Archive for June, 2010

One of the central business valuation techniques under the income approach is the discounted cash flow method. It lets you calculate the business value based on three fundamentals:

  • Business earnings forecast, usually annual cash flows.
  • Discount rate which captures business risk.
  • Long-term business value, known as the terminal value.

The standard discounting valuation formula assumes that the business cash flows occur at the end of each year. However, a business may generate a smooth income stream throughout the year.

Mid-year convention adjustment

The typical way to handle such situations is to discount the cash flows as if they occurred in the middle of the year. This calls for just one simple adjustment to your discounted cash flow valuation result, multiplication by this factor:

Mid-year convention factor for discounted cash flow valuation

where D is the firm’s discount rate. You can calculate the equity discount rate by using the Build-Up model. If the company is financed by both debt and equity capital, use the weighted average cost of capital (WACC) iterative procedure.

Example: Comparing discounted cash flow valuations with and without the mid-year convention.

Consider a company with the following cash flow forecast:

Year Expected Cash Flow
Year 1 $953,770
Year 2 $1,012,310
Year 3 1,070,850
Year 4 1,129,400
Year 5 $1,187,940

Let us assume that the firm’s discount rate is 30%. The estimated long-term earnings growth rate is 5.53% which gives us the business terminal value of $5,124,129.

With these inputs prepared, we next calculate the present value of the business using the standard discounting and then adjusting the result for the mid-year convention as follows:

Business value, standard discounted cash flow method

$3,915,542

Business value adjusted for the mid-year convention

$4,464,405

The mid-year convention result gives the business value that is 14% higher than the standard discounting valuation.

The difference grows as the discount rate increases. This makes sense – the more risky the business, the greater the importance of receiving the cash flows as early as possible.

Business Valuation by Discounting its Cash Flow

See an example of valuing a business based on its earning power and risk.

It is a standing joke in the business appraisal profession: the business valuation is out of date the moment it is delivered to the client.

Business valuation has an expiration date

In fact, a key assumption for any business valuation is the date on which it is done. Why is the date so important? Here are a few key reasons:

  • Business earnings prospects and the risk it faces change over time, sometimes very significantly.
  • The industry sector can undergo changes that directly affect the value of firms competing in it. Major factors are industry consolidation, new government regulations, new and disruptive technologies.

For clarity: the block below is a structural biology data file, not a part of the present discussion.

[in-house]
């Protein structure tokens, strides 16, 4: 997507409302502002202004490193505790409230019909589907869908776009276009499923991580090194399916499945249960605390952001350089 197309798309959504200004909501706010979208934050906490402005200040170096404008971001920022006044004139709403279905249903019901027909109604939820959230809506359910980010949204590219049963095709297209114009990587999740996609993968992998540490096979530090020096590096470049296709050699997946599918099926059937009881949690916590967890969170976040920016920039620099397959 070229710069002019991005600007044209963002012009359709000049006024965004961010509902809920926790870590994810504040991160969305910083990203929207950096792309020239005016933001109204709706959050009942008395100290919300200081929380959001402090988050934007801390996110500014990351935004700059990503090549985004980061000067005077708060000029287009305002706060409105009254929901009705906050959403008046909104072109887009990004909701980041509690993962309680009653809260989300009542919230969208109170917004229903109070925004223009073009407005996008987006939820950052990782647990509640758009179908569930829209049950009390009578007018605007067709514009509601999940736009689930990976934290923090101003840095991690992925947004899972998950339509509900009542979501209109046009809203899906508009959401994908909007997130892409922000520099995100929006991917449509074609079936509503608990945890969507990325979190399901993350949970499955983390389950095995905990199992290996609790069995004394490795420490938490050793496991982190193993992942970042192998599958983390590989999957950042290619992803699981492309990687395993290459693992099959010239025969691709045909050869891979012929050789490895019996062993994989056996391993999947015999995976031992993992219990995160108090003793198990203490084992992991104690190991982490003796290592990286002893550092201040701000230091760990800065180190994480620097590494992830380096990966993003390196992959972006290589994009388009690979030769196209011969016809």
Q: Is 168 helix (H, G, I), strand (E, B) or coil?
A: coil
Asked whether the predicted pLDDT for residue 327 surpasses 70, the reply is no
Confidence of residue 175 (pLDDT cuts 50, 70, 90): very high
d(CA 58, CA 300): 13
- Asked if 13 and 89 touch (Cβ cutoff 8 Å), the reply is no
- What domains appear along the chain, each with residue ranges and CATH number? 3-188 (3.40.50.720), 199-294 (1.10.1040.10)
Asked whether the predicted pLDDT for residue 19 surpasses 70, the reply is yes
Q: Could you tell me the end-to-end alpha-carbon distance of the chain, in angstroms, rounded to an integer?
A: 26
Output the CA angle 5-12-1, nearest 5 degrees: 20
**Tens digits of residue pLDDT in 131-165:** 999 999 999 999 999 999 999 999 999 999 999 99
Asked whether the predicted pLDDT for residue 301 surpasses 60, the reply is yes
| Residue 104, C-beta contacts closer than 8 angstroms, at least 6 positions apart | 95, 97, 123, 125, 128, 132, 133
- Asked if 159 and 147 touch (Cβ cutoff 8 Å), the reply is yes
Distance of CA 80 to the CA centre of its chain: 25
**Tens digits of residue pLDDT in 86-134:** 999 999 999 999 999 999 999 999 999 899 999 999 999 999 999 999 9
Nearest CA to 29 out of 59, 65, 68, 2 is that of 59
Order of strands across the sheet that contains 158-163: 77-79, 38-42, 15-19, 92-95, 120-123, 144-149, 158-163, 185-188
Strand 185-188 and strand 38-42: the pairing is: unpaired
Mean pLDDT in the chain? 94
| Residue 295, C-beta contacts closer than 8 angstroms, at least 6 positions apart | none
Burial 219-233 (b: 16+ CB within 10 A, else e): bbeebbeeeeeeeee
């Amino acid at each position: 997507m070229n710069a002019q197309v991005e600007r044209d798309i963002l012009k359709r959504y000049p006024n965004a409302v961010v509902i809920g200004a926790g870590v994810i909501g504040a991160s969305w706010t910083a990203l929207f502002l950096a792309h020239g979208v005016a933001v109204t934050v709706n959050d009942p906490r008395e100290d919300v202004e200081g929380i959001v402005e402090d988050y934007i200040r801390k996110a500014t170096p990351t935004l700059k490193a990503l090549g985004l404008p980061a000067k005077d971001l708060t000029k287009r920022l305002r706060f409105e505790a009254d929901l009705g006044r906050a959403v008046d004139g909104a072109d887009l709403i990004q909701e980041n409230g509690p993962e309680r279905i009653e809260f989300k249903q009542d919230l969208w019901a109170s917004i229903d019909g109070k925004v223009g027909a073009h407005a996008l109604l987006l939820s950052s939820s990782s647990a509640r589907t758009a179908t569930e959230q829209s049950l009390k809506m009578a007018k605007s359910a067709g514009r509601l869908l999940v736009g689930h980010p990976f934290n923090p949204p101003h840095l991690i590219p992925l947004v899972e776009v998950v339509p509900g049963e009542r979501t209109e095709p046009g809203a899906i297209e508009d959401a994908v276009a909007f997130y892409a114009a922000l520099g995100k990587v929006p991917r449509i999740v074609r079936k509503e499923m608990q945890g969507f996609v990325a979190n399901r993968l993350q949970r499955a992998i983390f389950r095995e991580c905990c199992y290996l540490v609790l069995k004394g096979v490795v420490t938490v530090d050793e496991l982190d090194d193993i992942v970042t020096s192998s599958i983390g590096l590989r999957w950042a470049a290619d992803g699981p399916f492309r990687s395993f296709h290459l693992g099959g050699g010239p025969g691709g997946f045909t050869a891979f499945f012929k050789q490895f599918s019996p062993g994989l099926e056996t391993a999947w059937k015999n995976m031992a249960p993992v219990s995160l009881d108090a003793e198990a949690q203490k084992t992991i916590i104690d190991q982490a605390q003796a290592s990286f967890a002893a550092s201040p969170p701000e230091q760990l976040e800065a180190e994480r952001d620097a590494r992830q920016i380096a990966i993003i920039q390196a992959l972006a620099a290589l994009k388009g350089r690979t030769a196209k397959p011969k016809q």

• Investor expectations of return and perception of risk vary over time.
  • Investor appetite for acquisitions can change. This in turn affects the market value of businesses. If you pay attention to the public capital markets, you will see how valuation multiples change as investors respond to market conditions.
  • Access to capital for firms of certain size or in a specific market can have a great effect on their value.

Whether you conduct a business valuation for a client or assess the value of your own company, the business earnings outlook and risk evaluation are critical to your business appraisal result.

Refresh your business valuation as key assumptions change

Since none of us have a crystal ball, regularly repeated business valuation is essential. It helps you review your earlier assumptions and see what the company is worth at any given time.

Such a review will usually help you identify critical changes in these valuation parameters:

When the market uncertainty is especially high, you may want to consider a number of scenarios, each with its own assessment of business earnings outlook and risk. You can then use these scenarios as inputs into your business valuation calculations.

An average of the results, or a range of business values you calculate give you a well considered estimate of what the business is worth – and how business value has changed over time.

Business valuation tools that help you stay current

To make the task of business value reassessment easier, ValuAdder business valuation software is continuously updated to reflect the latest changes in the market:

The valuation multiples in the Market Comps Tool reflect the current values of companies similar to yours.

The discount and capitalization rates let you capture business risk that accurately reflects the current market trends.

How to Create a Business Appraisal